Getting access to Internet takes time, lots of patience


June 13, 1994|By MICHAEL J. HIMOWITZ

It looked like all the other membership kits that came in the mail -- the Prodigy Membership Kit, the America OnLine Membership Kit, the Compuserve Membership Kit.

But this one, from Ventana Media, said "Internet Membership Kit," and I was ecstatic. Here was my very own on-ramp to the information highway, to the joys of E-mail, the enlightenment of news groups, the thrill of accessing big-time data bases in one neat little $79.95 package -- including six hours of connect time.

I am by nature an incurable optimist. When I was a kid, I believed all those comic book ads that said stuff like "Learn How to Be a Ventriloquist in Only Three Days!" And I was always disappointed.

In fact, it took a lot longer than three days to get this package working. It's definitely not for the faint of heart. You'll spend hours fiddling with arcane programs, tweaking configuration files and learning NetSpeak. But once you've stumbled over those hurdles, you will indeed be on the Net.

From the outset, the title of this software and book combination is a misnomer because there's no way to become a "member" of the Internet. It's not like signing up for Prodigy or Compuserve. No one owns the Internet. It's a huge agglomeration of computer systems operated by universities, corporations and other organizations. The best you can do is find someone to provide you with a dial-up gateway into the system. Then it's up to you and your software to find your way around.

At the simplest level, you can log on to a provider's host with any communications program and begin typing bizarre Unix commands. Or you can try a more sophisticated package like this one, which comes with two books and a disk full of specialized software that are supposed to make life easier.

The software package consists of several programs from NetManage Inc. that run under Microsoft Windows. They will allow you to connect via modem with an Internet service provider and perform basic Internet functions -- read and send mail, transfer files, and log directly onto remote systems. They're known in the trade as Mail, FTP, and Telnet, respectively.

The more important of the two books, the Windows Internet Tour Guide by Michael Fraase, walks you through the software and provides an Internet survival primer that is remarkably lucid by NetSpeak standards. The second book, the Internet Yellow Pages by Harley Hahn and Rick Stout, is a listing of Internet resources.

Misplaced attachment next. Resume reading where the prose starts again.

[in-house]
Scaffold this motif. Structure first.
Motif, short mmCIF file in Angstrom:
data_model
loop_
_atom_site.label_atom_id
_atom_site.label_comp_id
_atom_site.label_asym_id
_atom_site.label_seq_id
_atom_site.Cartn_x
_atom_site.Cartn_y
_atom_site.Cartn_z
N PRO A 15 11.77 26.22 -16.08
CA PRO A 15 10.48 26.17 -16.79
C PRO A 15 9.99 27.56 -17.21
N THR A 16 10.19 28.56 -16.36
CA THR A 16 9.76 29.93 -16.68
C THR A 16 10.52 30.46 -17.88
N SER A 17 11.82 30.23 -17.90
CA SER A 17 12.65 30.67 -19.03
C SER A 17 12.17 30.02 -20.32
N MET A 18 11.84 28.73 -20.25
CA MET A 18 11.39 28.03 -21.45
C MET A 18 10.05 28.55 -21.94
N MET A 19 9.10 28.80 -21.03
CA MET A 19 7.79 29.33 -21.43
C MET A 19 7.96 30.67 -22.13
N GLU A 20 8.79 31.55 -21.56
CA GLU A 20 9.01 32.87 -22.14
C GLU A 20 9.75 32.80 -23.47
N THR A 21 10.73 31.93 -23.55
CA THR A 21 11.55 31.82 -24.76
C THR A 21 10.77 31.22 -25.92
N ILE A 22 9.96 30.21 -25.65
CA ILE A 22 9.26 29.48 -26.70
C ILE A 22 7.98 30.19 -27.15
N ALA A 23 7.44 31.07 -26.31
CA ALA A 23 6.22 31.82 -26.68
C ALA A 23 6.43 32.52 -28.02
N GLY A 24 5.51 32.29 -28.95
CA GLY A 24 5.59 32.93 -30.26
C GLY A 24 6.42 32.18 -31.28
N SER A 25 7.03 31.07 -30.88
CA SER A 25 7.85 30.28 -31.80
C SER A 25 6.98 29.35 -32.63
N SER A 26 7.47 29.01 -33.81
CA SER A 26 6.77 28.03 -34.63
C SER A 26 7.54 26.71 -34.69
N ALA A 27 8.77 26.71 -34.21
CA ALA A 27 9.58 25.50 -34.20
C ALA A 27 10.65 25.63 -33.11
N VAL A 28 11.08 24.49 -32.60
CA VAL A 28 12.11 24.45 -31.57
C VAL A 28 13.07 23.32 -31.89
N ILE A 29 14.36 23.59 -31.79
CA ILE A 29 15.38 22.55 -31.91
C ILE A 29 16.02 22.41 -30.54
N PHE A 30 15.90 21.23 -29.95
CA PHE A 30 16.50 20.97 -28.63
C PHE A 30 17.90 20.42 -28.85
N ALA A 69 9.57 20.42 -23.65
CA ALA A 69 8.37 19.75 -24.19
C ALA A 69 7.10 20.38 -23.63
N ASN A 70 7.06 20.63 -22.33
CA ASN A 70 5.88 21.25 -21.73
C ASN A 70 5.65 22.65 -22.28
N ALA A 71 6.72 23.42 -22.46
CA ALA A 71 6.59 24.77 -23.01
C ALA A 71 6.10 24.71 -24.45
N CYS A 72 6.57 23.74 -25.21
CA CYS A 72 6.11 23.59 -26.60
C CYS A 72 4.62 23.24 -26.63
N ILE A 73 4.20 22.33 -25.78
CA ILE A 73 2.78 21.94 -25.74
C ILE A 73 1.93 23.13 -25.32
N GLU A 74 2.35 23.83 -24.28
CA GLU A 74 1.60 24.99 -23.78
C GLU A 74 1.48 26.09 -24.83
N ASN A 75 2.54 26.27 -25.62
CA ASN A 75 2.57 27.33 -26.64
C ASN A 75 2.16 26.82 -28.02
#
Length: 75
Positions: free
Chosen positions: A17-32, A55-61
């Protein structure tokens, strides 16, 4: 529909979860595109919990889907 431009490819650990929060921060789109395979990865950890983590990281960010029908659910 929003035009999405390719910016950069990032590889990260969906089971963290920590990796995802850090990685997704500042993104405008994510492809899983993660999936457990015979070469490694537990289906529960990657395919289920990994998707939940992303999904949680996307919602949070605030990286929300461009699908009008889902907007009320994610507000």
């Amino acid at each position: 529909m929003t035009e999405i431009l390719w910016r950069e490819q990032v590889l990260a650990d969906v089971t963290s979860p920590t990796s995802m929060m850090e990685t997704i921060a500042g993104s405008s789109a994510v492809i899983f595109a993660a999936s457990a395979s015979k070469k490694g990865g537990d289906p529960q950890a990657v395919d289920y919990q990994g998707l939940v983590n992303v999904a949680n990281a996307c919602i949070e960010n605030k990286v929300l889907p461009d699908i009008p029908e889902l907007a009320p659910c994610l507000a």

First things first. To make this work, you'll need a high-speed modem (9,600 or 14,400 bits per second) and an IBM-compatible computer that runs Microsoft Windows. You'll also need an arrangement with an Internet service provider who can supply what's known in the trade as a SLIP or PPP connection.

SLIP stands for Serial Line Internet Protocol, while PPP stands for Point-to-Point Protocol. These are schemes for transferring information that allow your computer to become a real part of the Internet and simplify file transfers, mail and other functions. Many providers also offer dial-up service that can be used with any communications software, but the programs in the membership kit are designed to take advantage of SLIP and PPP links.

Although it can communicate with any dial-up SLIP or PPP service, the NetManage package is set up to deal with CERFnet, a San Diego-based Internet provider that uses an 800 number and costs far more ($20 a month and $10 an hour) than most local Internet service companies. The package includes free sign-up and two free hours a month for three months. CERFnet is a little expensive for my pocketbook, but it's not a bad way to get your feet wet.

If you're accustomed to the simplicity of Prodigy or America OnLine software, which handles mail, information, file transfers and everything else from one friendly program, the Internet package will come as a rude shock.

A basic configuration program dials up CERFnet and establishes the connection while you run separate programs from NetManage's Chameleon collection to send and receive mail, transfer files, or log onto other systems. Unfortunately, none of these programs works even remotely like any of the others. On top of that, the manual instructs you to log onto remote systems and download additional software to provide full Internet capability.

Establishing the connection took five or six hours. I won't go into the hoops I jumped through, but it turned out that the modem initialization commands the program used didn't work with my modem. Fraase's book had some advice on how to change them, and after much trial and error, I finally made contact.

Then it was time to set up the E-Mail program. I followed the instructions step-by-step, but I must have missed something (I've backtracked five times but still haven't figured out where). I was able to send mail to my Internet addresses on Compuserve and America OnLine, but every time I tried to read mail I sent to my CERFnet address from the other services, I found an empty mailbox or a cryptic error message.

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